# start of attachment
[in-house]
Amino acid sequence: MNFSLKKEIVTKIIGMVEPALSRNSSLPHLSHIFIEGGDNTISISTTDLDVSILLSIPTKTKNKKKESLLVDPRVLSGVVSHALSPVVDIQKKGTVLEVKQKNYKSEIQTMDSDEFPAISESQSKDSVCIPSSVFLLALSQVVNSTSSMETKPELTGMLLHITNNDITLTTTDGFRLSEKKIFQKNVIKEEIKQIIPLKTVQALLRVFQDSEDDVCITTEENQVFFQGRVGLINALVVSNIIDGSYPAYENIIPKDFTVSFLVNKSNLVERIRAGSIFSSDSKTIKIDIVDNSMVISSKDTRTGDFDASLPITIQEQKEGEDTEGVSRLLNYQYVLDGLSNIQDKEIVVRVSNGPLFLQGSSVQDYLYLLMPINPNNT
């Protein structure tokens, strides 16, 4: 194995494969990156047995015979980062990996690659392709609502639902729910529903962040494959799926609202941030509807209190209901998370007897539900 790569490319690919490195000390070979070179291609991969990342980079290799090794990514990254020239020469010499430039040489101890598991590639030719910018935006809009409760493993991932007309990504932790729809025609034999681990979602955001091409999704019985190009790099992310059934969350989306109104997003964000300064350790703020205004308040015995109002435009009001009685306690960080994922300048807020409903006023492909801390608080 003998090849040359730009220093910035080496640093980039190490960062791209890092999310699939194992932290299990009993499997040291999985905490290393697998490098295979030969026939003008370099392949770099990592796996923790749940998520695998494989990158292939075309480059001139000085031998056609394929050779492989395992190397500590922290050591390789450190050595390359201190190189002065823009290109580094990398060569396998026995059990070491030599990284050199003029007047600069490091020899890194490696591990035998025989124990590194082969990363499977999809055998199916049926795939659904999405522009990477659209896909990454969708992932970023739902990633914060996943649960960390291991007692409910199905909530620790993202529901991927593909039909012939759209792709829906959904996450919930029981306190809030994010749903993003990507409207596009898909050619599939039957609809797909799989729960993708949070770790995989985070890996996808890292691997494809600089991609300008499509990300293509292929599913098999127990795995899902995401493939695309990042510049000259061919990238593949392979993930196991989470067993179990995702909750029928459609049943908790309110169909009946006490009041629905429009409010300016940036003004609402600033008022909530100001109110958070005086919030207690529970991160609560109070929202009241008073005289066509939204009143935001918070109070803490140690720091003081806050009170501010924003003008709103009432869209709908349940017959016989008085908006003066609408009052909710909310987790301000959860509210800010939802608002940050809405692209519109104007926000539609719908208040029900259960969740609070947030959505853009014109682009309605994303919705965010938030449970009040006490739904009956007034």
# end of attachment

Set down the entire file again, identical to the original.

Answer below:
[in-house]
Amino acid sequence: MNFSLKKEIVTKIIGMVEPALSRNSSLPHLSHIFIEGGDNTISISTTDLDVSILLSIPTKTKNKKKESLLVDPRVLSGVVSHALSPVVDIQKKGTVLEVKQKNYKSEIQTMDSDEFPAISESQSKDSVCIPSSVFLLALSQVVNSTSSMETKPELTGMLLHITNNDITLTTTDGFRLSEKKIFQKNVIKEEIKQIIPLKTVQALLRVFQDSEDDVCITTEENQVFFQGRVGLINALVVSNIIDGSYPAYENIIPKDFTVSFLVNKSNLVERIRAGSIFSSDSKTIKIDIVDNSMVISSKDTRTGDFDASLPITIQEQKEGEDTEGVSRLLNYQYVLDGLSNIQDKEIVVRVSNGPLFLQGSSVQDYLYLLMPINPNNT
């Protein structure tokens, strides 16, 4: 194995494969990156047995015979980062990996690659392709609502639902729910529903962040494959799926609202941030509807209190209901998370007897539900 790569490319690919490195000390070979070179291609991969990342980079290799090794990514990254020239020469010499430039040489101890598991590639030719910018935006809009409760493993991932007309990504932790729809025609034999681990979602955001091409999704019985190009790099992310059934969350989306109104997003964000300064350790703020205004308040015995109002435009009001009685306690960080994922300048807020409903006023492909801390608080 003998090849040359730009220093910035080496640093980039190490960062791209890092999310699939194992932290299990009993499997040291999985905490290393697998490098295979030969026939003008370099392949770099990592796996923790749940998520695998494989990158292939075309480059001139000085031998056609394929050779492989395992190397500590922290050591390789450190050595390359201190190189002065823009290109580094990398060569396998026995059990070491030599990284050199003029007047600069490091020899890194490696591990035998025989124990590194082969990363499977999809055998199916049926795939659904999405522009990477659209896909990454969708992932970023739902990633914060996943649960960390291991007692409910199905909530620790993202529901991927593909039909012939759209792709829906959904996450919930029981306190809030994010749903993003990507409207596009898909050619599939039957609809797909799989729960993708949070770790995989985070890996996808890292691997494809600089991609300008499509990300293509292929599913098999127990795995899902995401493939695309990042510049000259061919990238593949392979993930196991989470067993179990995702909750029928459609049943908790309110169909009946006490009041629905429009409010300016940036003004609402600033008022909530100001109110958070005086919030207690529970991160609560109070929202009241008073005289066509939204009143935001918070109070803490140690720091003081806050009170501010924003003008709103009432869209709908349940017959016989008085908006003066609408009052909710909310987790301000959860509210800010939802608002940050809405692209519109104007926000539609719908208040029900259960969740609070947030959505853009014109682009309605994303919705965010938030449970009040006490739904009956007034």